This was the time of day I dreaded. Almost like clockwork the screams and cries would start in unison from the children’s ward. What is it about a baby’s cry? That unique sound that activates such a primitive unnerving instinct in all of us. It was feeding time and the children, so weak from malnutrition, didn’t want to eat. It was that odd paradox. Their skinny tired little bodies were rejecting the one thing they needed the most.
Yet weirdly it was also the time of day I looked forward to. It filled me with a sense of hope. MSF’s dedicated nurses and hospital staff doing what we were there to do; save lives and alleviate suffering. They worked tirelessly, every few hours, to gently encourage the children to eat.
This was my third visit in a year to the Bentiu Protection of Civilian (PoC) camp in Unity State, South Sudan. The internally-displaced people (IDPs) were fleeing the violence that erupted across South Sudan in December 2013. The country, which was less than three years old, had quickly descended into a major conflict marked by violence against civilians and widespread humanitarian suffering.
New arrivals wait to be registered at Bentiu POC. They reported insecurity, continued fighting and lack of food as factors for coming into the POC. September 2015.
The PoC camp was created in Spring 2014 by the UN Mission in South Sudan (UNMISS) to protect civilians living in Bentiu, a focus of heavy fighting due to its strategic importance (it’s located close to oil fields). I first visited the camp during that period. The camp was a sorry sight. People were living in makeshift shelters, open defecation was occurring everywhere and there were heaps of rubbish wherever you looked. And if it rained, the entire camp became a putrid lake.
But as the conflict raged on in South Sudan, the situation in the camp improved. The IDPs were gradually being moved to land with better drainage and food distributions were taking place regularly. MSF was instrumental in increasing the supply of clean water, building latrines and providing appropriate health care.
But then recently, in spring 2015, fighting escalated throughout Unity state once again. The civilian population suffered wide scale violence that led to another wave of displacement. The camp population that had stabilised at around 40,000 people suddenly tripled to almost 120,000 in only six weeks! Bentiu PoC was now the size of a small city.
Blood transfusions underway for malaria patients with anemia. Blood is collected on site by family donors whose blood is tested for Malaria, Syphilis, Hep B and C, HIV and blood grouping.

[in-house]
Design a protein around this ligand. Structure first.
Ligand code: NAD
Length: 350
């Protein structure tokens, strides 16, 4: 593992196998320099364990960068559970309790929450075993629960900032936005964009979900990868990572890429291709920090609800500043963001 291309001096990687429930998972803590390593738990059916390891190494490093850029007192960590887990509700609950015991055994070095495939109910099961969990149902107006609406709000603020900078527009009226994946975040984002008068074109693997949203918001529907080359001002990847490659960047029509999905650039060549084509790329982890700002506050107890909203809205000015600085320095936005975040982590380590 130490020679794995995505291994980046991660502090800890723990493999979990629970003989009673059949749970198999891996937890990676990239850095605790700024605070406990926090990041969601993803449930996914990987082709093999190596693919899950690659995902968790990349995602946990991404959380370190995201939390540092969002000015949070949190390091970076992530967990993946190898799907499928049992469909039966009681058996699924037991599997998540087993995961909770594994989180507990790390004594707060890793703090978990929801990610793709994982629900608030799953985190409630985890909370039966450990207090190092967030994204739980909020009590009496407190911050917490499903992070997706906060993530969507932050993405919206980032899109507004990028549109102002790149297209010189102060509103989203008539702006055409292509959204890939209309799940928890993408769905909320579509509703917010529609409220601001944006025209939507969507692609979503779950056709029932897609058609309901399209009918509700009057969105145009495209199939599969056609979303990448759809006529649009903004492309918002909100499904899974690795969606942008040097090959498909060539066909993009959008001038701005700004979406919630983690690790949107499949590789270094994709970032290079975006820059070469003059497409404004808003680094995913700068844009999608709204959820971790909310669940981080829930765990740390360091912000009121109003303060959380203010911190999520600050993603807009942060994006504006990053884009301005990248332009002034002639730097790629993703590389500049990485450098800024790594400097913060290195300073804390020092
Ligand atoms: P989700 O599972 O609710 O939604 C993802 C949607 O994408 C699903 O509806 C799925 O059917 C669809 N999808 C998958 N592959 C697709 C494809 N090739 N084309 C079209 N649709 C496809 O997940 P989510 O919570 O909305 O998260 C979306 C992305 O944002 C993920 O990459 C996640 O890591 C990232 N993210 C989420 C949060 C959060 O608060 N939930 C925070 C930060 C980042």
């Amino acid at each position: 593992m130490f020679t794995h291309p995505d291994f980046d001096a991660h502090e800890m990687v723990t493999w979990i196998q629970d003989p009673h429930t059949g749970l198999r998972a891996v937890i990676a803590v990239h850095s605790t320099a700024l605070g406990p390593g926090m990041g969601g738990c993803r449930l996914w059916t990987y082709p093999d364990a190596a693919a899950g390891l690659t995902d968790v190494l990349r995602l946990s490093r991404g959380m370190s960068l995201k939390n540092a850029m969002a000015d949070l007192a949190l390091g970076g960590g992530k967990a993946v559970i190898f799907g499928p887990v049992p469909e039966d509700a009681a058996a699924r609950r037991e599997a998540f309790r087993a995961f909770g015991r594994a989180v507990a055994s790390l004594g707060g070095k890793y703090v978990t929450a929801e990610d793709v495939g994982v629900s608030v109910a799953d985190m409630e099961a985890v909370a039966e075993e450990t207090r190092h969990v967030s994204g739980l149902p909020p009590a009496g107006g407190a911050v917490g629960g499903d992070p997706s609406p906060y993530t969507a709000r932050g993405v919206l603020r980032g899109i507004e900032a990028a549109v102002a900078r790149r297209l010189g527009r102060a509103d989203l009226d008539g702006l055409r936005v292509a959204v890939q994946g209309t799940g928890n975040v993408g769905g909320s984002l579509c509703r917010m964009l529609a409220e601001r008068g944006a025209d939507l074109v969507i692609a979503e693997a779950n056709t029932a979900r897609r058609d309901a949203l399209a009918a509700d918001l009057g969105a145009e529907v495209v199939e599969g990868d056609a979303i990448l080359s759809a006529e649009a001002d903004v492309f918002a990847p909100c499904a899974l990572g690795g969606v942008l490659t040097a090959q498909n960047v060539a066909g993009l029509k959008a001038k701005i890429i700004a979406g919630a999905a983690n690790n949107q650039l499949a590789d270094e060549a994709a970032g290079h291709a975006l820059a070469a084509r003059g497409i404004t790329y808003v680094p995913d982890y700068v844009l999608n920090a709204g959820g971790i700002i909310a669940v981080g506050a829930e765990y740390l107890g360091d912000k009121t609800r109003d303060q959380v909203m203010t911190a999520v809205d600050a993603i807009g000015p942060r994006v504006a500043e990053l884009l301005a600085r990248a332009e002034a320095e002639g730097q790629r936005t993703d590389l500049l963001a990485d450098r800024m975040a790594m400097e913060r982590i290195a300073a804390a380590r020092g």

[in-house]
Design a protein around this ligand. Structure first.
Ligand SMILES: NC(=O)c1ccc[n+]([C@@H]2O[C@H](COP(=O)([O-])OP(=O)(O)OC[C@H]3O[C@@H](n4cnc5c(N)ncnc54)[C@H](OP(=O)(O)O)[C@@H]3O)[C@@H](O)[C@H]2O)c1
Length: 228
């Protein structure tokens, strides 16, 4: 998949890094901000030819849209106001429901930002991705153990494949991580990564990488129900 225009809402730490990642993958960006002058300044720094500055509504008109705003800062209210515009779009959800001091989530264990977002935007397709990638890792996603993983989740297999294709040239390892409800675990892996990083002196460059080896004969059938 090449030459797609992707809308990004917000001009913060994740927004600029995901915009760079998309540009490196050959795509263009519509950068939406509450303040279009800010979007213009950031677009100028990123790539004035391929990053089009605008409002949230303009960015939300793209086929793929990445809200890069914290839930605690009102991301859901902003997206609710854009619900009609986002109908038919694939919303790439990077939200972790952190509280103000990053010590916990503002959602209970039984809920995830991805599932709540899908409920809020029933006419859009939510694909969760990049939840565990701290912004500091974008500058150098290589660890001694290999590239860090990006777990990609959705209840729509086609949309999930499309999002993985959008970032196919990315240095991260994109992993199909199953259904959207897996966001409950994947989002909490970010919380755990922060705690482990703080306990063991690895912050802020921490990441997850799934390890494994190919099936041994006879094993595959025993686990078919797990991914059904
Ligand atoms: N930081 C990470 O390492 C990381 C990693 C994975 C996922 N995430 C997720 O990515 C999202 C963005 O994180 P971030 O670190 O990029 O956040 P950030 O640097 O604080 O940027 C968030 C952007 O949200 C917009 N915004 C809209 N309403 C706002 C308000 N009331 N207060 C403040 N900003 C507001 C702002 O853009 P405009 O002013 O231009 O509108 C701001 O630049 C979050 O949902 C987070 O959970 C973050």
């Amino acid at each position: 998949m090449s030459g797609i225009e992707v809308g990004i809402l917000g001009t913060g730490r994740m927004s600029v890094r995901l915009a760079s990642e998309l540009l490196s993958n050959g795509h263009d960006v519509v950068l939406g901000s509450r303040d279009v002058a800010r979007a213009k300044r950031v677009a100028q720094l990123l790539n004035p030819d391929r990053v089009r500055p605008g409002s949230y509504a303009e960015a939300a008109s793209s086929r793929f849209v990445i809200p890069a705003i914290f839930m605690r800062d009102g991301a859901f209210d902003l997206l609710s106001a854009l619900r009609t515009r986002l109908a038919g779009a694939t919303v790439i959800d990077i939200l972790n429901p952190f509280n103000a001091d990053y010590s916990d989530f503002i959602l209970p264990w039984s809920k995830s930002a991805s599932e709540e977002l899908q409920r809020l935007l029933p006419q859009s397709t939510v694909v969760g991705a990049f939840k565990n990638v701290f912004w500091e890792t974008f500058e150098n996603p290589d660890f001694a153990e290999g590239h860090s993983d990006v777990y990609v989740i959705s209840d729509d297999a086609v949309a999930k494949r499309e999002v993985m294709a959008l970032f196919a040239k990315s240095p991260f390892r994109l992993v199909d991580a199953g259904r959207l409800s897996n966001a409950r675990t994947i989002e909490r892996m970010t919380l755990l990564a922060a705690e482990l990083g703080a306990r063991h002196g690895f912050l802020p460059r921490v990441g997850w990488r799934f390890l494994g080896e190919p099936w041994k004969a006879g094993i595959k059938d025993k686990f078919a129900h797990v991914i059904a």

The camp struggled to provide enough shelter, clean water and nutrition. IDPs were arriving in a poor state after walking for several days and hiding in the bush, with little access to food. We were soon seeing severely malnourished children in our hospital.
I arrived during this IDP influx to support the teams with community surveillance. The aim was to monitor mortality rates in the population and understand disease trends so we could target our programmes appropriately. We noticed an increase in cases of acute jaundice syndrome and became concerned that a hepatitis E outbreak was imminent.
Hepatitis E is an infectious disease associated with poor water and sanitation. MSF has responded to several outbreaks in refugee camps in recent years. It can cause fulminant liver failure, altered consciousness and coma. In some settings Hepatitis E can be particularly serious for pregnant women and their unborn babies who can suffer disproportionately high mortality from hepatitis E (up to 25%). We increased surveillance and constructed an isolation area for the management of these patients.
Kume is a three-year-old boy tested positive for malaria. He had a fever of 39.7 when his family brought him into the hospital at Bentiu POC.
At the same time the camp was experiencing a malaria outbreak, and given the size of the population, an unprecedented magnitude of cases. Between June and September 2015 MSF treated almost 33,000 people for malaria, the majority of whom were children aged less than five years old.
Children are more vulnerable to the severe consequences of malaria such as cerebral malaria and anaemia, often leading to death. In response, MSF scaled up under-fives malaria treatment centres in the camp and carried out community malaria case management campaigns. The number of deaths among children related to malaria decreased drastically.
But in the midst of all this there were moments of pure joy such as one of our medics attempting to make balloon puppets to cheer up the children. Or movie nights in the hospital, enamoured children watching cartoons projected onto a white sheet blowing in the wind, while gunfire and explosions could be heard in the distance.
It’s hard to imagine how much more these people can take. MSF continues to receive reports of widespread violence against civilians, particularly in southern Unity State from where many people living in the Bentiu PoC have fled. The population has suffered a loss of livelihoods and has not been able to farm or harvest food. MSF’s access to the most vulnerable has been intermittent due to insecurity and looting of its compound. But the MSF teams that have been able to reach the population with mobile clinics have found alarmingly high rates of malnutrition among these people, who’ve had so little access to assistance after months of displacement.”
So we brace ourselves for the next medical crisis and the distressing cries of more malnourished children.